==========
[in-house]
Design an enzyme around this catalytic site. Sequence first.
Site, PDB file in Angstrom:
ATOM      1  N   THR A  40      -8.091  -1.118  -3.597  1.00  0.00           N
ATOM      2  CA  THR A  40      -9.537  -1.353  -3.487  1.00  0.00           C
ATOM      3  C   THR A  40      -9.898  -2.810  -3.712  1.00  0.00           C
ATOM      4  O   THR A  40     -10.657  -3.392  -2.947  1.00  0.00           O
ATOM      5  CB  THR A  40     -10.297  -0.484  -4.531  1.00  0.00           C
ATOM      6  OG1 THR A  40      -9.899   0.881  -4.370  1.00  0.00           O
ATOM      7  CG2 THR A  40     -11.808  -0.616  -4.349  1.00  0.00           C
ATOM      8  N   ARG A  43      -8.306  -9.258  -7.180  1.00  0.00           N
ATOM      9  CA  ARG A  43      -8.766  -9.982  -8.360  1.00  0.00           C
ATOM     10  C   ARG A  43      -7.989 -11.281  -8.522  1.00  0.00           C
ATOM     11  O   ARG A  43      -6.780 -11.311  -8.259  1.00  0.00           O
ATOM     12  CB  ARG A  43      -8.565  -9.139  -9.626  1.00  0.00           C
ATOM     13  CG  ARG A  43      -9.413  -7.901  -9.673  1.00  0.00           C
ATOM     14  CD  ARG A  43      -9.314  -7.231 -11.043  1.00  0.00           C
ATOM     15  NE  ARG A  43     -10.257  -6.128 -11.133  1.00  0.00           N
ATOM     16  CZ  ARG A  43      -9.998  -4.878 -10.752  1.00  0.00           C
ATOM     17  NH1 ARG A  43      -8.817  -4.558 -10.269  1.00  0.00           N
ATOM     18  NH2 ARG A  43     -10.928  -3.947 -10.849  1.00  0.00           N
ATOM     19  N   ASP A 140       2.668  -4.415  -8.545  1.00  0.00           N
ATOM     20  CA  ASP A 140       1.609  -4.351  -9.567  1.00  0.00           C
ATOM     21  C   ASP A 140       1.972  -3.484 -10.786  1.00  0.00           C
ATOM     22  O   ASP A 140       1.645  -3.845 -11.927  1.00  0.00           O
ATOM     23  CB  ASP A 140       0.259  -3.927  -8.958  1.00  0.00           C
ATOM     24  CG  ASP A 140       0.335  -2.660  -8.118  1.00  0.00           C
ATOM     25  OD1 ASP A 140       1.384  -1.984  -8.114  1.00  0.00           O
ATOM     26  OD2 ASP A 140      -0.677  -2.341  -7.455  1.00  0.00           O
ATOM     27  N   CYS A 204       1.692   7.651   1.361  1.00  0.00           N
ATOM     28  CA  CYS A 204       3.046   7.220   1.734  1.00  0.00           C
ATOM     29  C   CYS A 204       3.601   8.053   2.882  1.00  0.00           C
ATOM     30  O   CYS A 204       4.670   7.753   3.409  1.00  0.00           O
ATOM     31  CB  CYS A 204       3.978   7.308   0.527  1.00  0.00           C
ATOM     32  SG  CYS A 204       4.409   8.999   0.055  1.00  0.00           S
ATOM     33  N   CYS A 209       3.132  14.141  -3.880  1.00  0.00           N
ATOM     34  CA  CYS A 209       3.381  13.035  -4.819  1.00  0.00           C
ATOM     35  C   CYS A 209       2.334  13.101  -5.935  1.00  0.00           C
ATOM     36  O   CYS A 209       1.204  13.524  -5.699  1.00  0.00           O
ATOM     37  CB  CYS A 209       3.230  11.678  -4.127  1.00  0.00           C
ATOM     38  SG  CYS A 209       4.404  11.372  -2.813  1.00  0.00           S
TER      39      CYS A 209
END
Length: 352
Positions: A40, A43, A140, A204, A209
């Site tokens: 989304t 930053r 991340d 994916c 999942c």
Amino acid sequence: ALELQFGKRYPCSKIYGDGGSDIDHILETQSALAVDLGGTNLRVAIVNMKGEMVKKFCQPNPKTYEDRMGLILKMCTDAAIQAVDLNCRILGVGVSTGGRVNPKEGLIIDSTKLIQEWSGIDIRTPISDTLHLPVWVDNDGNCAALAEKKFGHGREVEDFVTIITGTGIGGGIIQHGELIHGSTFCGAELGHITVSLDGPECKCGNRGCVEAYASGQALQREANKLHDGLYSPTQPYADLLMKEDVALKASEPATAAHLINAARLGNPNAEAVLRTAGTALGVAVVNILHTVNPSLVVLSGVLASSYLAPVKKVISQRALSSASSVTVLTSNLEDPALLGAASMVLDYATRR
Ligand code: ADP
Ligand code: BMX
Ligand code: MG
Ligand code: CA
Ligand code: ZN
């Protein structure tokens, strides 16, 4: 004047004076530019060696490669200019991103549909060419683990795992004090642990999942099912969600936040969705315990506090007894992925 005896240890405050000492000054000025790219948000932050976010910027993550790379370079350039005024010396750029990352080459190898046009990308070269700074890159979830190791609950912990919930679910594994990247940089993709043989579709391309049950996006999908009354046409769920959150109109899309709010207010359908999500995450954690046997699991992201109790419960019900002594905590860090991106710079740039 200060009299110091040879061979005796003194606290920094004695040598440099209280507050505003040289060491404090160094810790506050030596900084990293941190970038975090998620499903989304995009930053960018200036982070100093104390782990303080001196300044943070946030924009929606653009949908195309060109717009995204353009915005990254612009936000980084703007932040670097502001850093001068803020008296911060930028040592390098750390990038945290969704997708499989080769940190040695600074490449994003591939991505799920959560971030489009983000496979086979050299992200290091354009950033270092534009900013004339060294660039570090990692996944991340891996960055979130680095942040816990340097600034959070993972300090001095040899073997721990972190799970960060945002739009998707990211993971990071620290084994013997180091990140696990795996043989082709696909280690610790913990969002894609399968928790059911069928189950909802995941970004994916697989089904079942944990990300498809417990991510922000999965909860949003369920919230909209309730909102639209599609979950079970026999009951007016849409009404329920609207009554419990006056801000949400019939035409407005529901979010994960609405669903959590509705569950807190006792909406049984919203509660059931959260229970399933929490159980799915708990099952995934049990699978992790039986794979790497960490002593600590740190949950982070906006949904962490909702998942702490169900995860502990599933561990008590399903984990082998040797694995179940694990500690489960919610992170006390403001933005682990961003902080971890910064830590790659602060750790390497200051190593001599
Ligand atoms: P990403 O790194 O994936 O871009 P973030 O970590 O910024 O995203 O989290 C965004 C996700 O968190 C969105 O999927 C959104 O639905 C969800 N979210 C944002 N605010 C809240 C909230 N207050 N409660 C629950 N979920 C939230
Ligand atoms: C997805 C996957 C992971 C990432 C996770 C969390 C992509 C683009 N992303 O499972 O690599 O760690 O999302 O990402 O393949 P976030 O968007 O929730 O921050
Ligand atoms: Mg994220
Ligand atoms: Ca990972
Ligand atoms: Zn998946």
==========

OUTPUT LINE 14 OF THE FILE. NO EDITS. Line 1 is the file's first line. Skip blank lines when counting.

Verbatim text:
ATOM     11  O   ARG A  43      -6.780 -11.311  -8.259  1.00  0.00           O